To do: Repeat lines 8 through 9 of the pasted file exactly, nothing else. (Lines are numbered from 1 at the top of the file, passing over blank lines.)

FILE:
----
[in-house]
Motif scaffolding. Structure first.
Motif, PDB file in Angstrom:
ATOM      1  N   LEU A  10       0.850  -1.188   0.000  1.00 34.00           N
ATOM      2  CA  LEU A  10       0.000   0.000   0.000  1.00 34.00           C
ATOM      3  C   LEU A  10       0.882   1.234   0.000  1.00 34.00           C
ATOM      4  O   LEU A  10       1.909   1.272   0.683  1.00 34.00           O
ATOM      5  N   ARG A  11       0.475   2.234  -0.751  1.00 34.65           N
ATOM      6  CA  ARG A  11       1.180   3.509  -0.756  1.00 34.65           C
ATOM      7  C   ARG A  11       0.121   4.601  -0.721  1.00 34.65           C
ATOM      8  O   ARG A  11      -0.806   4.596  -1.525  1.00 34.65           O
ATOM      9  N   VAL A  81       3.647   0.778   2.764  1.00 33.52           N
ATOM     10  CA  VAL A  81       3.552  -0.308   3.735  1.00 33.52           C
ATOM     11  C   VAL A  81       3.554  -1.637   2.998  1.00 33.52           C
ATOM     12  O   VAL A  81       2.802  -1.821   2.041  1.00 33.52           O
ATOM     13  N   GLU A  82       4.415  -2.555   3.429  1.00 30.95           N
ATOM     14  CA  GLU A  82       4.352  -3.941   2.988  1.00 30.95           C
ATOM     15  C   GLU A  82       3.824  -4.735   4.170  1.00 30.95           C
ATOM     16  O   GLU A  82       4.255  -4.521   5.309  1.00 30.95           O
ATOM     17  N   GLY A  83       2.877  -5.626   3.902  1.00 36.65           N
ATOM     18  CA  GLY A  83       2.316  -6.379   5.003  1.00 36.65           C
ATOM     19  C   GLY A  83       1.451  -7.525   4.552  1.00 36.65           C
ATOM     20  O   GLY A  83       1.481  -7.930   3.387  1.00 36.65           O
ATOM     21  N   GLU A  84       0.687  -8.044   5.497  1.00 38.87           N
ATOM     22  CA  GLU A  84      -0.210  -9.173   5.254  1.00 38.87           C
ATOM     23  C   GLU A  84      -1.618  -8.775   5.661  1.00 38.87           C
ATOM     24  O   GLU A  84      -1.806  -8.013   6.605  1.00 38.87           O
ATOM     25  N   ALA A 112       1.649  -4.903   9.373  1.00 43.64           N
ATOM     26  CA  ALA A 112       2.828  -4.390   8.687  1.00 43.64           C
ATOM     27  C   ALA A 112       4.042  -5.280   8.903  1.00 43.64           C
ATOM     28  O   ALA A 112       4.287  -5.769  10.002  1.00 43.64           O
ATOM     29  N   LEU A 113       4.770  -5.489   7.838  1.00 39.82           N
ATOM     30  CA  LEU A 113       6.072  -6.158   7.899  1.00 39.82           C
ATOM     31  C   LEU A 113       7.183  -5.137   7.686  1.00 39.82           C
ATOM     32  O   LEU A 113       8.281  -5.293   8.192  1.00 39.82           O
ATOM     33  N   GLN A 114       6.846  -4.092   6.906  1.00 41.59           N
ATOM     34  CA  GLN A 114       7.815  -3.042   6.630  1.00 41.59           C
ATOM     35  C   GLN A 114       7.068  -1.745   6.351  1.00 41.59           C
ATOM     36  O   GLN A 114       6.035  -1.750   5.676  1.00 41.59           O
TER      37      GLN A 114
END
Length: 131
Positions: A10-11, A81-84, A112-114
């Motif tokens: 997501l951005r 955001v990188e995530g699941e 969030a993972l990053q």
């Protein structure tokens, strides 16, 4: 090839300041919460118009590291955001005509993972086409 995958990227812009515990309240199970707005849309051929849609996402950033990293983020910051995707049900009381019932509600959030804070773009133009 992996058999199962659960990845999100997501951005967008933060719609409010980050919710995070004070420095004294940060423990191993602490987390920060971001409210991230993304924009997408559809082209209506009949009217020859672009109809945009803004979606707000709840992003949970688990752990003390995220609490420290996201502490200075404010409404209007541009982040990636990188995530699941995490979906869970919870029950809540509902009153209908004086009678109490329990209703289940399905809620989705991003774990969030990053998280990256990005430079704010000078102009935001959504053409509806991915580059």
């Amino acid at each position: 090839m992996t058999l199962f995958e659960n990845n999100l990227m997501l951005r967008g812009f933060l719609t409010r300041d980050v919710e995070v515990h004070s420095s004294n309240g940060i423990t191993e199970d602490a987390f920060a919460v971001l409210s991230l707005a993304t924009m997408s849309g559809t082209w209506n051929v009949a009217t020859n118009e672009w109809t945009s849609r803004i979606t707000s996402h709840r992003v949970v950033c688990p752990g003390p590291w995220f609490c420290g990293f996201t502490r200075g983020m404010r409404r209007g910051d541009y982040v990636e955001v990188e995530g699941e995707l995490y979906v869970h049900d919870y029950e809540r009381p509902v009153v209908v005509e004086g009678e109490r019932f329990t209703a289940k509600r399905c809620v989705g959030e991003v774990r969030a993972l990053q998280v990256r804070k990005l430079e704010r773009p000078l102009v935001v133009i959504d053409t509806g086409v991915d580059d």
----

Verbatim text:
ATOM      5  N   ARG A  11       0.475   2.234  -0.751  1.00 34.65           N
ATOM      6  CA  ARG A  11       1.180   3.509  -0.756  1.00 34.65           C